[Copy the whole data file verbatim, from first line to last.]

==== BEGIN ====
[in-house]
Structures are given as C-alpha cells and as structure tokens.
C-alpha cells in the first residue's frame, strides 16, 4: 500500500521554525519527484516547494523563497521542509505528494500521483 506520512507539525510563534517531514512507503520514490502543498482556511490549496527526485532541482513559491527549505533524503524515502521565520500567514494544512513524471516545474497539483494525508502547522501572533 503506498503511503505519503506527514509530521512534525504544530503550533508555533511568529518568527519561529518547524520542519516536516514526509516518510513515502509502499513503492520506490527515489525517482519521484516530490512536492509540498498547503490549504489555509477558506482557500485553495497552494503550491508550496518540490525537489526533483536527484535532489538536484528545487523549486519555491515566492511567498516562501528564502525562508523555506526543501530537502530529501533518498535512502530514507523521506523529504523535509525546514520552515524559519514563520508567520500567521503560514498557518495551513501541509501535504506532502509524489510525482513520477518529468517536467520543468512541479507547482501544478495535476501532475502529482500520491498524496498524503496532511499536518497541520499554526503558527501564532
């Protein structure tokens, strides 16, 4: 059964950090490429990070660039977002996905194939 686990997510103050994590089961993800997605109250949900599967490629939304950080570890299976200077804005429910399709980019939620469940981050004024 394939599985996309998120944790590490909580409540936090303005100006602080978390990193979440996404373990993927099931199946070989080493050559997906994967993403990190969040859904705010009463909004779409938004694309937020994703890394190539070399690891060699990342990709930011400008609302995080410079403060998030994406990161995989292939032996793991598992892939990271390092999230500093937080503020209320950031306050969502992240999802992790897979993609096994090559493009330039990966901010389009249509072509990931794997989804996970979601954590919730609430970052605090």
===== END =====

[in-house]
Structures are given as C-alpha cells and as structure tokens.
C-alpha cells in the first residue's frame, strides 16, 4: 500500500521554525519527484516547494523563497521542509505528494500521483 506520512507539525510563534517531514512507503520514490502543498482556511490549496527526485532541482513559491527549505533524503524515502521565520500567514494544512513524471516545474497539483494525508502547522501572533 503506498503511503505519503506527514509530521512534525504544530503550533508555533511568529518568527519561529518547524520542519516536516514526509516518510513515502509502499513503492520506490527515489525517482519521484516530490512536492509540498498547503490549504489555509477558506482557500485553495497552494503550491508550496518540490525537489526533483536527484535532489538536484528545487523549486519555491515566492511567498516562501528564502525562508523555506526543501530537502530529501533518498535512502530514507523521506523529504523535509525546514520552515524559519514563520508567520500567521503560514498557518495551513501541509501535504506532502509524489510525482513520477518529468517536467520543468512541479507547482501544478495535476501532475502529482500520491498524496498524503496532511499536518497541520499554526503558527501564532
């Protein structure tokens, strides 16, 4: 059964950090490429990070660039977002996905194939 686990997510103050994590089961993800997605109250949900599967490629939304950080570890299976200077804005429910399709980019939620469940981050004024 394939599985996309998120944790590490909580409540936090303005100006602080978390990193979440996404373990993927099931199946070989080493050559997906994967993403990190969040859904705010009463909004779409938004694309937020994703890394190539070399690891060699990342990709930011400008609302995080410079403060998030994406990161995989292939032996793991598992892939990271390092999230500093937080503020209320950031306050969502992240999802992790897979993609096994090559493009330039990966901010389009249509072509990931794997989804996970979601954590919730609430970052605090």